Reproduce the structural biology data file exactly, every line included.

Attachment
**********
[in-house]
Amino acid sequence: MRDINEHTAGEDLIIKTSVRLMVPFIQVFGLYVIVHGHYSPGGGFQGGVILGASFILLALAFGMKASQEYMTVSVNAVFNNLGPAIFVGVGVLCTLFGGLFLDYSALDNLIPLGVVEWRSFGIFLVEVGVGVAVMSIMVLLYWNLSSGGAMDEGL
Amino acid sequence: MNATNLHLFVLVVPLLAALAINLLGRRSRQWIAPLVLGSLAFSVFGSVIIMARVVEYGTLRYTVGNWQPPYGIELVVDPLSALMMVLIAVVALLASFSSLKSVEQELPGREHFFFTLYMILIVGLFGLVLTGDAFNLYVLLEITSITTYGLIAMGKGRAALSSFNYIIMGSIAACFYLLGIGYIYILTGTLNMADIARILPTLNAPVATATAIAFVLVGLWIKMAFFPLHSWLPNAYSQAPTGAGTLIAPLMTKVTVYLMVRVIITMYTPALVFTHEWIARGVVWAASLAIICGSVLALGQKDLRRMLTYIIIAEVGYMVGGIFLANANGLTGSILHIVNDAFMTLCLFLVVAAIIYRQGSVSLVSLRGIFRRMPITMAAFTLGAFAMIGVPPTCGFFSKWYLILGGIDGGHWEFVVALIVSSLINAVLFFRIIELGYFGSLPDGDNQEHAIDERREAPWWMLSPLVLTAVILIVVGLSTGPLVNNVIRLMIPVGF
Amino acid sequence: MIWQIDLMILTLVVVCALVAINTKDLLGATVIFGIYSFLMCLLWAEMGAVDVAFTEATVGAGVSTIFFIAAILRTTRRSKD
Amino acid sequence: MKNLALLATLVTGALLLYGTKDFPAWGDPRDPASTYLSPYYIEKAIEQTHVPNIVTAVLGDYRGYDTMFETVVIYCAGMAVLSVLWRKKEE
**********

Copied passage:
[in-house]
Amino acid sequence: MRDINEHTAGEDLIIKTSVRLMVPFIQVFGLYVIVHGHYSPGGGFQGGVILGASFILLALAFGMKASQEYMTVSVNAVFNNLGPAIFVGVGVLCTLFGGLFLDYSALDNLIPLGVVEWRSFGIFLVEVGVGVAVMSIMVLLYWNLSSGGAMDEGL
Amino acid sequence: MNATNLHLFVLVVPLLAALAINLLGRRSRQWIAPLVLGSLAFSVFGSVIIMARVVEYGTLRYTVGNWQPPYGIELVVDPLSALMMVLIAVVALLASFSSLKSVEQELPGREHFFFTLYMILIVGLFGLVLTGDAFNLYVLLEITSITTYGLIAMGKGRAALSSFNYIIMGSIAACFYLLGIGYIYILTGTLNMADIARILPTLNAPVATATAIAFVLVGLWIKMAFFPLHSWLPNAYSQAPTGAGTLIAPLMTKVTVYLMVRVIITMYTPALVFTHEWIARGVVWAASLAIICGSVLALGQKDLRRMLTYIIIAEVGYMVGGIFLANANGLTGSILHIVNDAFMTLCLFLVVAAIIYRQGSVSLVSLRGIFRRMPITMAAFTLGAFAMIGVPPTCGFFSKWYLILGGIDGGHWEFVVALIVSSLINAVLFFRIIELGYFGSLPDGDNQEHAIDERREAPWWMLSPLVLTAVILIVVGLSTGPLVNNVIRLMIPVGF
Amino acid sequence: MIWQIDLMILTLVVVCALVAINTKDLLGATVIFGIYSFLMCLLWAEMGAVDVAFTEATVGAGVSTIFFIAAILRTTRRSKD
Amino acid sequence: MKNLALLATLVTGALLLYGTKDFPAWGDPRDPASTYLSPYYIEKAIEQTHVPNIVTAVLGDYRGYDTMFETVVIYCAGMAVLSVLWRKKEE